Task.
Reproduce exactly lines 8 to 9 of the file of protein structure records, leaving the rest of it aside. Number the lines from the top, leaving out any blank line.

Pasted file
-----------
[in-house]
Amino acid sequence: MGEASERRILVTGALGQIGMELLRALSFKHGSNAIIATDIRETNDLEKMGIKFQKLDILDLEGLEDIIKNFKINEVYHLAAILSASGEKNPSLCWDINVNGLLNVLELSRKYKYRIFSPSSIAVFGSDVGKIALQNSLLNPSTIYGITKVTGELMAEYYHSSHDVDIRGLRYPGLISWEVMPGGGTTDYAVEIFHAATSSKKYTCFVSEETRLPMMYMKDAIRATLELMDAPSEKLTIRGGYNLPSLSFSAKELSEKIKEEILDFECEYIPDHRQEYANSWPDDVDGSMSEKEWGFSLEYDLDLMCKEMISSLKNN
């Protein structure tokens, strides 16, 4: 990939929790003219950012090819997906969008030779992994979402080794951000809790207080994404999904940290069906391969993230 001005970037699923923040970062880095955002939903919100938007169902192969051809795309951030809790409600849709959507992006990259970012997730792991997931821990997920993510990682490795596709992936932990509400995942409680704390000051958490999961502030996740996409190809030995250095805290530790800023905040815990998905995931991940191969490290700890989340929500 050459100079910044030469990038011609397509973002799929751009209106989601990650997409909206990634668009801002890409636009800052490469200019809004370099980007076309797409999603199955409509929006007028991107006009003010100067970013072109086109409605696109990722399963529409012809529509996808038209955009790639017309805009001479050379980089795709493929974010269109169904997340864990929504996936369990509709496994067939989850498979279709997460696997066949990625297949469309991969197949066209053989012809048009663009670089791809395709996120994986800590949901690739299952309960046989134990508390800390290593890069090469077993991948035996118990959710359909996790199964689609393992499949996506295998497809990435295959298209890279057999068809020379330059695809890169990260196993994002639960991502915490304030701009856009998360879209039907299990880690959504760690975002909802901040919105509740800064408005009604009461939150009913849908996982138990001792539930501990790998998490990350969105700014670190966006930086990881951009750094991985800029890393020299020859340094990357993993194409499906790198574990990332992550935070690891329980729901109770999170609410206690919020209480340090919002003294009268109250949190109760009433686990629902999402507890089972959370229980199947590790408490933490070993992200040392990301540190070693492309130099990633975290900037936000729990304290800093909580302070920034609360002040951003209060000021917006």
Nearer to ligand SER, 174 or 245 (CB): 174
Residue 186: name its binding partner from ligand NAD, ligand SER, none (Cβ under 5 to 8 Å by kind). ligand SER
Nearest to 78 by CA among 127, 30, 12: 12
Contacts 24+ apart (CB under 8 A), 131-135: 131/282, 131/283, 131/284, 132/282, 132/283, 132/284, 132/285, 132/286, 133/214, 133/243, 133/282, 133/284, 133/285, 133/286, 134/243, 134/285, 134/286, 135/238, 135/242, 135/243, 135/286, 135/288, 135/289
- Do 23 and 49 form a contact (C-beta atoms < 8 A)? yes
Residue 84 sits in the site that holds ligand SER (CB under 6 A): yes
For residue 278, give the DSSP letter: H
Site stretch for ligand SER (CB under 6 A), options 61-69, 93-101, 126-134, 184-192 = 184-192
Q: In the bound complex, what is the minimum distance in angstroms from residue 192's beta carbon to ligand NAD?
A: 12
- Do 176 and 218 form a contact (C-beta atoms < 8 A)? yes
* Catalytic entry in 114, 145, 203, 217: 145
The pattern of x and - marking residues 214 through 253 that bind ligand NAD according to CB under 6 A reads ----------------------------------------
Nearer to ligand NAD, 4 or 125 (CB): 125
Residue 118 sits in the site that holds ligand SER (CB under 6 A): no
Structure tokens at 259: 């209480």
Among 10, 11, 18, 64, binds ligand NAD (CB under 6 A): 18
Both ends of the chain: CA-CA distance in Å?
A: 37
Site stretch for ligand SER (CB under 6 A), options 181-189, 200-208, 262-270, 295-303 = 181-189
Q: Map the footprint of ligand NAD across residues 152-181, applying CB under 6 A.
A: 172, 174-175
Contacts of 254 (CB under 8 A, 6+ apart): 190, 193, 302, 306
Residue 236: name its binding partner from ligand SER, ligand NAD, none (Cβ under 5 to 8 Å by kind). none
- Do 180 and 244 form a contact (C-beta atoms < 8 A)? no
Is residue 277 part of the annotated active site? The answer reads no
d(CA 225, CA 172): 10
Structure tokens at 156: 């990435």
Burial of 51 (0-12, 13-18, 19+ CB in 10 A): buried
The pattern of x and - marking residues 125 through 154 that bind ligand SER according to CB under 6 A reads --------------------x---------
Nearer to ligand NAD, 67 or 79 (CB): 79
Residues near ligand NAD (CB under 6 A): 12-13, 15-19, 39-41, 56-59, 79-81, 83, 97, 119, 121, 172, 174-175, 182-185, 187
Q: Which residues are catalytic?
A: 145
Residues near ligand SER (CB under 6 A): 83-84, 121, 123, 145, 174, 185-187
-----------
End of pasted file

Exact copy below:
- Do 23 and 49 form a contact (C-beta atoms < 8 A)? yes
Residue 84 sits in the site that holds ligand SER (CB under 6 A): yes